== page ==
Emo-born Shaun Loney set to begin his Winnipeg mayoral campaign

By Daniel Adam
Staff Writer

Shaun Loney was cleaning a homeless shelter in Winnipeg last spring when he made the decision that he was going to run for mayor.

“I didn’t want to be 75 years old, looking back on my city and realizing I should have been standing up,” says Loney. “When people are struggling and there are solutions to problems, it’s incumbent upon us to make change happen.”

Loney, who was born in Emo and graduated Fort Frances High School in 1989, was the first to declare his intent to run after Mayor Brian Bowman announced he would not try for re-election.

In what many are calling a wide-open race to become Winnipeg’s 44th mayor, Loney says nine people have a legitimate shot at winning. The majority of candidates are known politicians, so Loney will look like an outsider.

Though not affiliated with any political party, Loney says he panders to both sides of the spectrum. He says those on the right will like his more affordable, effective practices, while those on the left will enjoy his social and environmental changes.

“We agree that our tax dollars need to be spent effectively,” says Loney. “We agree that solving problems is better than managing them.”

Loney says the media will have a tough time describing his campaign and fitting it into the normal political spectrum as Winnipeggers are used to.

“We’re thinking outside the box,” says Loney.

Shaun Loney has joined the race for mayor of Winnipeg. The Emo-born author and social entrepreneur was inspired to join the race to tackle homelessness and unemployment. – Submitted photo

Self-titled as a social entrepreneur, Loney says he uses business to resolve social and environmental challenges.

“The way we need to go forward is focusing on common sense,” says Loney. “We need to look at things through a solutions perspective rather than an idealogical one.”

His platform plans on offering a solution to homelessness and focusing on employment opportunities for those who don’t have access to the labour market. Loney says he has experience in creating green jobs to help keep young people in Winnipeg. He also says he looks to improve the city’s relations with Indigenous people.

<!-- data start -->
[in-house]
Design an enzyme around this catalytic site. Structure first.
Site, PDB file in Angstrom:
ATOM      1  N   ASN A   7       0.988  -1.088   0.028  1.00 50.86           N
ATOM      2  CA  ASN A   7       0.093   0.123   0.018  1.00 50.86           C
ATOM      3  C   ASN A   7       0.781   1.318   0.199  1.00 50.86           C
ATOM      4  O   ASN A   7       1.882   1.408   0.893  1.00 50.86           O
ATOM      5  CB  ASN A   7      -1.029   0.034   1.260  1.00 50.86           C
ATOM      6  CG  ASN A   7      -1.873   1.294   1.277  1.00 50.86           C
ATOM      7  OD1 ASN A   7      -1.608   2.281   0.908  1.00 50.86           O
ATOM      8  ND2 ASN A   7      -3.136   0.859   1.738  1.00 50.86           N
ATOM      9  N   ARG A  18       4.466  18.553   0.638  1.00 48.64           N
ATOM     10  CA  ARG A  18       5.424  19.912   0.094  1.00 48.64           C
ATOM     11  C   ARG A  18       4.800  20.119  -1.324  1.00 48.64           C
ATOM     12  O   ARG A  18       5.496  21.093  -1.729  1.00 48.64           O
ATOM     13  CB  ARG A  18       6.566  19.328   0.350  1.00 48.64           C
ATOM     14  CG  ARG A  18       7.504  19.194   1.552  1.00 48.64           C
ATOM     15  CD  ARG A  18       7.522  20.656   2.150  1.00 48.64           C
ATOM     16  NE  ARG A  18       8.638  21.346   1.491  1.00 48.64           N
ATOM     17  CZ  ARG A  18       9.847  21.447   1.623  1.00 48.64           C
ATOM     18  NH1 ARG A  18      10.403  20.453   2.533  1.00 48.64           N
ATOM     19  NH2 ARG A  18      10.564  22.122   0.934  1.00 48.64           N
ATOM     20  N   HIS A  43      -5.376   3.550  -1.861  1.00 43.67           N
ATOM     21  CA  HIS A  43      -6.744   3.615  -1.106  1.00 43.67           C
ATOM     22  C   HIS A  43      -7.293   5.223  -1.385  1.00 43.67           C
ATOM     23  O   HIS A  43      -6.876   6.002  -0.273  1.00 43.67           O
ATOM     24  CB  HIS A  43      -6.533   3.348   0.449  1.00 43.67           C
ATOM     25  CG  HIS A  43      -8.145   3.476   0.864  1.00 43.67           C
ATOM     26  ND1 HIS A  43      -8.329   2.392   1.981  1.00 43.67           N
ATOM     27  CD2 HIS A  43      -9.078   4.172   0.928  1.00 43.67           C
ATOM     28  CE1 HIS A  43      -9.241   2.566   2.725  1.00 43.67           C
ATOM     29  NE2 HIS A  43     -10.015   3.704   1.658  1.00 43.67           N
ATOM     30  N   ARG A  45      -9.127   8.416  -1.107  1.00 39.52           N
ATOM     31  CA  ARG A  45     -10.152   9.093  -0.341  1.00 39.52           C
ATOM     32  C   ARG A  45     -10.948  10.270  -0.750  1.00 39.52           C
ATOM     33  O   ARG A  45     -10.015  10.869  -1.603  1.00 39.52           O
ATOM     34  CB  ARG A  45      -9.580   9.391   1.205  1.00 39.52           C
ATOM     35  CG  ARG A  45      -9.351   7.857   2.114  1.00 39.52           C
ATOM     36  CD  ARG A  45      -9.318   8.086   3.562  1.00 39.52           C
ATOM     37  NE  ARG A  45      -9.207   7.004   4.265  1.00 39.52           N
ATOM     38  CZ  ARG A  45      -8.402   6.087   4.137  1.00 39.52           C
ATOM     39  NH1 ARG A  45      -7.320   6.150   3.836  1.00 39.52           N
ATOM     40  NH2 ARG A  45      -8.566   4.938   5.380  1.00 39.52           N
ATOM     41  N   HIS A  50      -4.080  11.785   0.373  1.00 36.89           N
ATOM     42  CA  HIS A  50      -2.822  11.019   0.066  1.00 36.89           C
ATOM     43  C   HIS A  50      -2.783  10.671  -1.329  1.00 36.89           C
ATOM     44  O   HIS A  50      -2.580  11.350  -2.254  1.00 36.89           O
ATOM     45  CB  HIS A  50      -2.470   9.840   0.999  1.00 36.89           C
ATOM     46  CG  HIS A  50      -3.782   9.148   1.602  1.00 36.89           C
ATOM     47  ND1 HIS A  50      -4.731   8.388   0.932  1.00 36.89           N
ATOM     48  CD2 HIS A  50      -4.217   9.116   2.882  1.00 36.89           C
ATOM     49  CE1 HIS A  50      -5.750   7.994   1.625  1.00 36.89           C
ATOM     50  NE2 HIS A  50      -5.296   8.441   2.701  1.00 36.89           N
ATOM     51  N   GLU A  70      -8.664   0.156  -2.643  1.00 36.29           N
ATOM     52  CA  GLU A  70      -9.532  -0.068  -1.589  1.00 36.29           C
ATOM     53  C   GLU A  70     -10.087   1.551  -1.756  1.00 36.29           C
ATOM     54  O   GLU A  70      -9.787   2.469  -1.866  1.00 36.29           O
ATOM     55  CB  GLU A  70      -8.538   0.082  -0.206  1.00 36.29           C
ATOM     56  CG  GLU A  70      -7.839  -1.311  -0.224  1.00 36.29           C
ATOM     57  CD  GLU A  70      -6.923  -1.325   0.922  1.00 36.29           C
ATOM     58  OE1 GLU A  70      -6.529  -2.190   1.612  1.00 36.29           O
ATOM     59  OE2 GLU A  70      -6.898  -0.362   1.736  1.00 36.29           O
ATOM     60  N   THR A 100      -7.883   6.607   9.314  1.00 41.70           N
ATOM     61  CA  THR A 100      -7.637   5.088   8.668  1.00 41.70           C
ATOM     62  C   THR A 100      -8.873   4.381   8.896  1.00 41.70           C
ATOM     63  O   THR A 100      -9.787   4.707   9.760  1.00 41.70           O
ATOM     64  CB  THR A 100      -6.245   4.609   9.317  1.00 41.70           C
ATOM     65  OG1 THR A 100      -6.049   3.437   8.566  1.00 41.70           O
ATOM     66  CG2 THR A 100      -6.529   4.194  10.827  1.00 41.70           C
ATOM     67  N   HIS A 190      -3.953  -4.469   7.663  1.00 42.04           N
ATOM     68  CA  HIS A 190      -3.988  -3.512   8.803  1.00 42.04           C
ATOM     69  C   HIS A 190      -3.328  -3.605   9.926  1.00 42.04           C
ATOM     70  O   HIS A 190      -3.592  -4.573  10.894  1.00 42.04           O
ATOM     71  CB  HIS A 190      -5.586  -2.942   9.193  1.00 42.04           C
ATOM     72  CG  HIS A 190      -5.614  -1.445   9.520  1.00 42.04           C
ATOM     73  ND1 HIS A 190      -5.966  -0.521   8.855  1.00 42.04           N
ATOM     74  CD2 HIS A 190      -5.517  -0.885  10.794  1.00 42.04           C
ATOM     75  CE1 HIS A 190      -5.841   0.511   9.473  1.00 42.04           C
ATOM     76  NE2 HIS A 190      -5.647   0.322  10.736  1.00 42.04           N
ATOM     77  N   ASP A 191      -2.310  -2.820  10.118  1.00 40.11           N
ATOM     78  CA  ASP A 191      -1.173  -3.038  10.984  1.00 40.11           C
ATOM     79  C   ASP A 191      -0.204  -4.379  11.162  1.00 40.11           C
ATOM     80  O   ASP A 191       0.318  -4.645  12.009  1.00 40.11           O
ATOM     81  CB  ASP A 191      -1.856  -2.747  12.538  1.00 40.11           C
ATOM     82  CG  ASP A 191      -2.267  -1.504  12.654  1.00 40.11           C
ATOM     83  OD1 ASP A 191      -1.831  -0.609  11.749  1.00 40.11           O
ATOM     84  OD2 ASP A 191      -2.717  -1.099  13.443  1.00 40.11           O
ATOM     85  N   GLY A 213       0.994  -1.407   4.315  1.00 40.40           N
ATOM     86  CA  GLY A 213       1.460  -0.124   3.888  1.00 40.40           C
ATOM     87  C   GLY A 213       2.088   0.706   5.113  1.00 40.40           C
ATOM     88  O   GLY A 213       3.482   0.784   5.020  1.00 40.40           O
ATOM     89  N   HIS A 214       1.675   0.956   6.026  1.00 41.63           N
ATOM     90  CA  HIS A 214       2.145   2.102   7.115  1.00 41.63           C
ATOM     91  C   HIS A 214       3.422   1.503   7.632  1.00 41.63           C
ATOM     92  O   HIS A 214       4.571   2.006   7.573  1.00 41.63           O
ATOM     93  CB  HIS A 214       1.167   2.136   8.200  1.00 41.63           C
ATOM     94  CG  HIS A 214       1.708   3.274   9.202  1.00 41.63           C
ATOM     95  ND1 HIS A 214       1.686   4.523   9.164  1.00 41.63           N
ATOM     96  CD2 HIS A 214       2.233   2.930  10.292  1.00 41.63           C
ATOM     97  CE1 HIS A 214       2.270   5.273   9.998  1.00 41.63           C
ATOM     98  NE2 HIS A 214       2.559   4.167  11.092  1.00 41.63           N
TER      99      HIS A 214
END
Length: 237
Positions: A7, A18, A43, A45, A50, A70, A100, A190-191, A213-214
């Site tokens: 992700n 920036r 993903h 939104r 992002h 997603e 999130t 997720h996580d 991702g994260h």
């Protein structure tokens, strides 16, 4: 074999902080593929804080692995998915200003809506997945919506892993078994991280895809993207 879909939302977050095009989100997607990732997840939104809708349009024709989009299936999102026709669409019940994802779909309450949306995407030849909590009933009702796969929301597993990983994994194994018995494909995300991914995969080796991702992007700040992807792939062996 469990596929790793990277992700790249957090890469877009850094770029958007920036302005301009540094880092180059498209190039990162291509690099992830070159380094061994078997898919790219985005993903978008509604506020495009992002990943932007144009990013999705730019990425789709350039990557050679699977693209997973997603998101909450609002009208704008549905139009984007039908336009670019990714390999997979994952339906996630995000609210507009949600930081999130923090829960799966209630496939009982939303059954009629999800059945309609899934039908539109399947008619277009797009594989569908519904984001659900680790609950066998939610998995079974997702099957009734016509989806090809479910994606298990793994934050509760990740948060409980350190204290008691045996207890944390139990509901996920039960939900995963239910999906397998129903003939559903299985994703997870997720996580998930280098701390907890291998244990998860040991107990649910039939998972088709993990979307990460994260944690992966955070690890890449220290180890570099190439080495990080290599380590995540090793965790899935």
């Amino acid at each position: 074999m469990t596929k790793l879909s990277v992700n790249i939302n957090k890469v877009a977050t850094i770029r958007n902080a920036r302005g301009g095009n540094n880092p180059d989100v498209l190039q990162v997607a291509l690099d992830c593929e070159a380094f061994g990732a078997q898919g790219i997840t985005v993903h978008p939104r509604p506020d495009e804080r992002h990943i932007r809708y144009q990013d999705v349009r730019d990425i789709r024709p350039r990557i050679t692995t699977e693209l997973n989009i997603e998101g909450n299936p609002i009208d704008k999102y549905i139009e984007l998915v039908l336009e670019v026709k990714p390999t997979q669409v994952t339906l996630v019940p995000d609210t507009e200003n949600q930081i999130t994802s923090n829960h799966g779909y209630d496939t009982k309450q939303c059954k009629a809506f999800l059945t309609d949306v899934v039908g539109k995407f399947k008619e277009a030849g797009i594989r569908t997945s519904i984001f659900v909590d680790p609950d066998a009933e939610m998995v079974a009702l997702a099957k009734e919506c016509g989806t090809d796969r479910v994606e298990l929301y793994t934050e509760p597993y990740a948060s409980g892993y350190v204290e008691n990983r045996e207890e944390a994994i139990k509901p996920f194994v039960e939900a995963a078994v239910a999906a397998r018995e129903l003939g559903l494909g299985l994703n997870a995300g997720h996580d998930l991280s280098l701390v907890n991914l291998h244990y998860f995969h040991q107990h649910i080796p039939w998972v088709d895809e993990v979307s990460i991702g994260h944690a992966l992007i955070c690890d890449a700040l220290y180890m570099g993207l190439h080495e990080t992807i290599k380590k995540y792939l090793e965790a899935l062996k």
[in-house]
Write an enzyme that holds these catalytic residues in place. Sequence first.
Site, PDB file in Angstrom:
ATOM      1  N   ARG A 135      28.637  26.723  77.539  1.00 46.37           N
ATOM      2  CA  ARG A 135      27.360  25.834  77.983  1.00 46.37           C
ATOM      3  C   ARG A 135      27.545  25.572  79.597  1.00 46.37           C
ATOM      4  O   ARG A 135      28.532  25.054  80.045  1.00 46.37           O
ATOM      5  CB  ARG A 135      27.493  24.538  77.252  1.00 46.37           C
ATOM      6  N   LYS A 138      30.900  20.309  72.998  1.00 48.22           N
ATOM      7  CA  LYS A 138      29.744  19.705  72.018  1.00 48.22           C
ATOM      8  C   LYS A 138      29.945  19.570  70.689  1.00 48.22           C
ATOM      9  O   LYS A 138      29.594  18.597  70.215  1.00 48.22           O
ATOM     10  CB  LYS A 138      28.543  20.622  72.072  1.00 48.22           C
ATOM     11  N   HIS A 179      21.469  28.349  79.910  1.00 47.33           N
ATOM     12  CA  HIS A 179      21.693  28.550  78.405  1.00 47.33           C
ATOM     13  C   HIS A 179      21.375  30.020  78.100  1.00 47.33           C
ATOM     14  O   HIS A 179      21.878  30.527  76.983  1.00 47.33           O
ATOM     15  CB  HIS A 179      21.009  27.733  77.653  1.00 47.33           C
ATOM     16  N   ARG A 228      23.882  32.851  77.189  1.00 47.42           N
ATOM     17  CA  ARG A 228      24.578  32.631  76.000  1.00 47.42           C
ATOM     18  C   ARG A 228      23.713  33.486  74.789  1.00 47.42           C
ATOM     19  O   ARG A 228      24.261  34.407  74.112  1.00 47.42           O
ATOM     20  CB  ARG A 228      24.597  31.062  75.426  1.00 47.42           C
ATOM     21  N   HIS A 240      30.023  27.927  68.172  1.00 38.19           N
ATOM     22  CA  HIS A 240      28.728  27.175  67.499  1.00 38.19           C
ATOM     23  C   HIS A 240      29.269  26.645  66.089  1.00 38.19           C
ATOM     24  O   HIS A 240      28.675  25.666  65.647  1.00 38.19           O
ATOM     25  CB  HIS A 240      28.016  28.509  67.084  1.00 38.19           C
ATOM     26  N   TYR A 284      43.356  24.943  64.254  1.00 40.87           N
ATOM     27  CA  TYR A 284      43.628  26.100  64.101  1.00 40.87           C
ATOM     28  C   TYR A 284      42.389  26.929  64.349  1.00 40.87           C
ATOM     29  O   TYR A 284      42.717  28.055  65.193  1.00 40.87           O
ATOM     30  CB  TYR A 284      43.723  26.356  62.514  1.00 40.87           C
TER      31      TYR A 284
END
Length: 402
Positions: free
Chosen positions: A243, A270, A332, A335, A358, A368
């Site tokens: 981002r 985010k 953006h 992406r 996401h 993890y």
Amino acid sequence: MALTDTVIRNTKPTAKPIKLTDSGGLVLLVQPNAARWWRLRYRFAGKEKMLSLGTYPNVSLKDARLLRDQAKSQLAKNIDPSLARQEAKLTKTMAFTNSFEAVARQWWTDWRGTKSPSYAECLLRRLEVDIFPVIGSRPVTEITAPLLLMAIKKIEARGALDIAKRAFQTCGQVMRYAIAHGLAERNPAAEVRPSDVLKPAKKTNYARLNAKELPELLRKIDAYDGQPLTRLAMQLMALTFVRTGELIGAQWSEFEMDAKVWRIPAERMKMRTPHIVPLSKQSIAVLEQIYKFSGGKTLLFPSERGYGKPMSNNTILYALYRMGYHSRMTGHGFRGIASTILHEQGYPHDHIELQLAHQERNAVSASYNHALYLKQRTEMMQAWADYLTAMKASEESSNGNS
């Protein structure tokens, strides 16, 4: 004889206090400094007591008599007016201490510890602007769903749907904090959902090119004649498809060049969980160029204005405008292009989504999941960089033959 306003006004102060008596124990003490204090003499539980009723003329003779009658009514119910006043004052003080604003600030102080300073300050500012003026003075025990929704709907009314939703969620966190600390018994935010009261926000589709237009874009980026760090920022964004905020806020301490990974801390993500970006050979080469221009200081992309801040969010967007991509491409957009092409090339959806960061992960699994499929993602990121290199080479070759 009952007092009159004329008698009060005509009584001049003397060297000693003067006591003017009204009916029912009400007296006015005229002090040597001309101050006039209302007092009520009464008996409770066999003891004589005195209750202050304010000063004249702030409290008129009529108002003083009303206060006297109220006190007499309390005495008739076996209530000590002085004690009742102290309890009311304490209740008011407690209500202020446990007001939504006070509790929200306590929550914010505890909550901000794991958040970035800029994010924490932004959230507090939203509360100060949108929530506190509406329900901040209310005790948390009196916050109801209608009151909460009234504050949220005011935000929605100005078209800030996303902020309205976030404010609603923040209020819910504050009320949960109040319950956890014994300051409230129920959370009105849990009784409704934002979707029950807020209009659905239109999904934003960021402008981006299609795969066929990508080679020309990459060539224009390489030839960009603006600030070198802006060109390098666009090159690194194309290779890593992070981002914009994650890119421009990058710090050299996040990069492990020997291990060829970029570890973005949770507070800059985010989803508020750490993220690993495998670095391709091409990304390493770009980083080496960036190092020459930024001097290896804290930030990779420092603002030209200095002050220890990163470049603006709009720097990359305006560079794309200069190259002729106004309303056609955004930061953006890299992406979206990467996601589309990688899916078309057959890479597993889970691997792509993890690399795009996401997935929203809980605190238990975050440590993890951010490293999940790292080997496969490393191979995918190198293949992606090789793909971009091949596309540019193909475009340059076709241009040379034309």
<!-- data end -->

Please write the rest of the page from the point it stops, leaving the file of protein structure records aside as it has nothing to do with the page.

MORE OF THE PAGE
“I think we’re ready to turn the corner on what reconciliation looks like,” says Loney.

To him, it’s about addressing homelessness, creating jobs, and taking climate action. He says there are no other candidates offering the path that he is and says he thinks he provides a refreshing alternative for voters.

Winnipeg’s civic election is set to take place on October 26 — two days after Ontario’s municipal elections. Loney says there are many similarities between the campaign in Winnipeg and municipal campaigns in the Rainy River District.

He says electric vehicles and ground-source heat pumps are a great option for people living in the District. He says municipalities can help, but if they stand back, people will continue to have to pay high transportation and home-heating costs.

He encourages those running for councils around the District to look at his platform. He says it also carries relevancy given the high percentage of Indigenous people in the area.

“I’ve been astounded by how little I know about the Indigenous-settler relations in the District,” says Loney.

He and Rainy River First Nations Chief Jim Leonard co-authored Manidoo Ziibi — a collection of stories about how the relationship has been.

“I felt it was important that people like me be more educated about our shared history,” says Loney.

“I think when we understand how we can relate to each other better, there’ll be a better future for all families in the District.”

Leonard and Loney will be at Kay-Nah-Chi-Wah-Nung on May 9 from 4:30 to 7:30 p.m. to host an exhibit based on the book. Entry to the event is free.